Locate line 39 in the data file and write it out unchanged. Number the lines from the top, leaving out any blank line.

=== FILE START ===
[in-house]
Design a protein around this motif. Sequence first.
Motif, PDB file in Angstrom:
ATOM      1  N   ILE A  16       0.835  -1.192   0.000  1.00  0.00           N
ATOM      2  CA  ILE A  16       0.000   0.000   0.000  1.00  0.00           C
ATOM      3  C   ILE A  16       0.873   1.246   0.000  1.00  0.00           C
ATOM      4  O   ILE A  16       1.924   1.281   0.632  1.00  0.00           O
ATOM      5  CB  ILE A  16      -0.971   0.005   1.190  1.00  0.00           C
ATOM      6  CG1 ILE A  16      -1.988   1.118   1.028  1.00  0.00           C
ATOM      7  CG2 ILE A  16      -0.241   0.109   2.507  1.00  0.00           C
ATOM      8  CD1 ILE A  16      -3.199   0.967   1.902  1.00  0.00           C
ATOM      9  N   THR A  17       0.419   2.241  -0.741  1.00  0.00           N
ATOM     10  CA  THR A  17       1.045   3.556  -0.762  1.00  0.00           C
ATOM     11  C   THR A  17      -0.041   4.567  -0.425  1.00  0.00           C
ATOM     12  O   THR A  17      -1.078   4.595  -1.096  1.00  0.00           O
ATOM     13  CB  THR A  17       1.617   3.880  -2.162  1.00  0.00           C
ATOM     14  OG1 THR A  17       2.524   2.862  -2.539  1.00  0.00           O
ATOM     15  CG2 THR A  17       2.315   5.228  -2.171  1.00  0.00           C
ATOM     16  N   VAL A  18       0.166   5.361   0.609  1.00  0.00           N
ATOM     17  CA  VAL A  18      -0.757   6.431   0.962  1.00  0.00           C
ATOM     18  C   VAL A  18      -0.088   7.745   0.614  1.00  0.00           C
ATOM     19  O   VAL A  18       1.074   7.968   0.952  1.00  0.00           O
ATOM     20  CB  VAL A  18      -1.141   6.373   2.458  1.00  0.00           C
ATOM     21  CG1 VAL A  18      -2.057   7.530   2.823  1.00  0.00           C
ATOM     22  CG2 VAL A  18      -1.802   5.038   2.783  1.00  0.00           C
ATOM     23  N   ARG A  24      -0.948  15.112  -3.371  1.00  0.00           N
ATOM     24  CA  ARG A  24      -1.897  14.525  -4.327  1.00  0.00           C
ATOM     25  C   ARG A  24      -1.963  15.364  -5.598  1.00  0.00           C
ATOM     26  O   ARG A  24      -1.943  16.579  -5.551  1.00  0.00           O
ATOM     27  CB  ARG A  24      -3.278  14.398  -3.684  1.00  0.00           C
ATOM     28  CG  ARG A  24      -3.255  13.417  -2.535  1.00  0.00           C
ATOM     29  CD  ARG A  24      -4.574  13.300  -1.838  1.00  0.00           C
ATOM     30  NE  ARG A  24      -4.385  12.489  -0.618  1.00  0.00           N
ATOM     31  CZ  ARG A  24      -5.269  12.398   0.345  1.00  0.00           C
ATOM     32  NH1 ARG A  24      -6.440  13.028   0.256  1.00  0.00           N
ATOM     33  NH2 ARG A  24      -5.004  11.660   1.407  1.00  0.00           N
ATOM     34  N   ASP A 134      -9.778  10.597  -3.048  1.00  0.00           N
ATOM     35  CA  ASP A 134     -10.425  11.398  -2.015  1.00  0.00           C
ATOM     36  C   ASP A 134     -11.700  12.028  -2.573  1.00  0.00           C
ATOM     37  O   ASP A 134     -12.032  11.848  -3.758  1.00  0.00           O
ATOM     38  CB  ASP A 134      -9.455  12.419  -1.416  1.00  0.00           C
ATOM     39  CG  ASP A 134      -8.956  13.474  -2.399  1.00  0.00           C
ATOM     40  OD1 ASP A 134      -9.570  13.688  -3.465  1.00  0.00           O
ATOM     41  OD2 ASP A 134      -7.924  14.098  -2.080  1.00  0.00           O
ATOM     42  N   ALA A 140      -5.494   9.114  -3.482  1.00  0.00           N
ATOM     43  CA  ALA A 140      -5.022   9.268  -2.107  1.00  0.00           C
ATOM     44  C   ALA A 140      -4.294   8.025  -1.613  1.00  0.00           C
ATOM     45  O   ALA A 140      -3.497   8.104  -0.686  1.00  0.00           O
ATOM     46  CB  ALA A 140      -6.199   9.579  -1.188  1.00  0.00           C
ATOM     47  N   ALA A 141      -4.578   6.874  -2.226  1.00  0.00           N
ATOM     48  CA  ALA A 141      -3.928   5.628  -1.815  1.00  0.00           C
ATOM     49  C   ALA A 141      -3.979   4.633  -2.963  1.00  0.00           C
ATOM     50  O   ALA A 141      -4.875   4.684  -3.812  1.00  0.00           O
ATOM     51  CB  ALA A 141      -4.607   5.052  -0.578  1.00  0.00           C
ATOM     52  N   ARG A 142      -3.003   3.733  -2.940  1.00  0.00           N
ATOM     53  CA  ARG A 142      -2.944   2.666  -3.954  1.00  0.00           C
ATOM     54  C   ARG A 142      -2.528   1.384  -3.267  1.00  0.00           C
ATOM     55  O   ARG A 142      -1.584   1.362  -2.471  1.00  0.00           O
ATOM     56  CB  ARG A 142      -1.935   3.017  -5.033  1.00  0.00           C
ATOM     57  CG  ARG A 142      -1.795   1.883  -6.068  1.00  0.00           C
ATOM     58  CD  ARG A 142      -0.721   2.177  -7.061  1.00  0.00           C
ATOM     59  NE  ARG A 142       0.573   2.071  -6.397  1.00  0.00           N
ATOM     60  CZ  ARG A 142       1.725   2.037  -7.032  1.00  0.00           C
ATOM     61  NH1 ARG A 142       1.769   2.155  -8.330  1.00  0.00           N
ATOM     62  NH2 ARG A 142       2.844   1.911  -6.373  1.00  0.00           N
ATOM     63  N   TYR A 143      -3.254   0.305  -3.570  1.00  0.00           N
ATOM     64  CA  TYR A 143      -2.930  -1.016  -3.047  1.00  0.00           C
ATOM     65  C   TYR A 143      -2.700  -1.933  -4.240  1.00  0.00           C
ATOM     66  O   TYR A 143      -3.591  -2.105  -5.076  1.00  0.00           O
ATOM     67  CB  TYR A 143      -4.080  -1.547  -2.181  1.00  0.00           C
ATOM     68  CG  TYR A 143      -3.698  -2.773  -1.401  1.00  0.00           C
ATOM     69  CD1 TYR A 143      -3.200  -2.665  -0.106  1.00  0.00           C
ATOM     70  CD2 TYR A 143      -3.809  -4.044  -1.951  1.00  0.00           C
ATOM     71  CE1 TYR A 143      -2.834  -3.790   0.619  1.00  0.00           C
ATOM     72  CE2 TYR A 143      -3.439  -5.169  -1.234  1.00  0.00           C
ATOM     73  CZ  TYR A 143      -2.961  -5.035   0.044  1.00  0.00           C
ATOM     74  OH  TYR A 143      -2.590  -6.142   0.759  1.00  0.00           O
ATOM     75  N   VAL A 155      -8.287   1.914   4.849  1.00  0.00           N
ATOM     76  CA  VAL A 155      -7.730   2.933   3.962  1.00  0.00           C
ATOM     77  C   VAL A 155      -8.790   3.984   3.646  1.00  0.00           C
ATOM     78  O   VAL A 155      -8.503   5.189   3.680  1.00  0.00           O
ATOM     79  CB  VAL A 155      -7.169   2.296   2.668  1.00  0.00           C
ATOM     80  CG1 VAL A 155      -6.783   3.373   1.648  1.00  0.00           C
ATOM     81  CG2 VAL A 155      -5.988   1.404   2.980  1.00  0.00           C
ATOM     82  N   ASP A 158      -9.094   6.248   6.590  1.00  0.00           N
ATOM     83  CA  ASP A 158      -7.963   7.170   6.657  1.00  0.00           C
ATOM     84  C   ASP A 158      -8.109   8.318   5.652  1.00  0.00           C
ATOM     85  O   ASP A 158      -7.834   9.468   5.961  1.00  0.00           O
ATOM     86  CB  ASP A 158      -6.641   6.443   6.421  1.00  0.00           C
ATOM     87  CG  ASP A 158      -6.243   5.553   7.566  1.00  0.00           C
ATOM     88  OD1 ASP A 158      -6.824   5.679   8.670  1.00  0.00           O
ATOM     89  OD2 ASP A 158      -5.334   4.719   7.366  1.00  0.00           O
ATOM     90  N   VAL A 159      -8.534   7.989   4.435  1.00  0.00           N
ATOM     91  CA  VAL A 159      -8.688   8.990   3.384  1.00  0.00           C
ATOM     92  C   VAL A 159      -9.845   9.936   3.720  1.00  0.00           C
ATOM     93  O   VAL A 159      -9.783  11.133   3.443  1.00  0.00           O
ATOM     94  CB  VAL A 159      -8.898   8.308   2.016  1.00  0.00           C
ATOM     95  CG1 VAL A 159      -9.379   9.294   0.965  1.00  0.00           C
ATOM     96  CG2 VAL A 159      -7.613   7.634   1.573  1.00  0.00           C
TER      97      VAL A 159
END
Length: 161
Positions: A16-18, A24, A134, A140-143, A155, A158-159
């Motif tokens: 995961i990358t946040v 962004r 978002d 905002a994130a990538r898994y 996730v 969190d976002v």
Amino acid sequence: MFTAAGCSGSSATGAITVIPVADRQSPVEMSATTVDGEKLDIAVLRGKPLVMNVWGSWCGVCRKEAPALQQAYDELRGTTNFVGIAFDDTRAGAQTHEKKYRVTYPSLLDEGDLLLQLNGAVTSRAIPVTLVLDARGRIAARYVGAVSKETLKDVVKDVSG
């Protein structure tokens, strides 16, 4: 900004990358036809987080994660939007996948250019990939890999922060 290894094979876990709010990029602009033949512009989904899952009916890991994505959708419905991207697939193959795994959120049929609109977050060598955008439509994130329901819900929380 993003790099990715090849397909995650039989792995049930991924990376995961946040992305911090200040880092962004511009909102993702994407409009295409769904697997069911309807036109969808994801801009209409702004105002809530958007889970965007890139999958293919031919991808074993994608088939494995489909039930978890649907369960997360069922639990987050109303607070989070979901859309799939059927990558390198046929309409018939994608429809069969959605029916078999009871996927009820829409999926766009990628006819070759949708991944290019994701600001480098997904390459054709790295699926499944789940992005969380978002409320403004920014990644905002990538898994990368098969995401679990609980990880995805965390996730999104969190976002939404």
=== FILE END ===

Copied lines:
ATOM     36  C   ASP A 134     -11.700  12.028  -2.573  1.00  0.00           C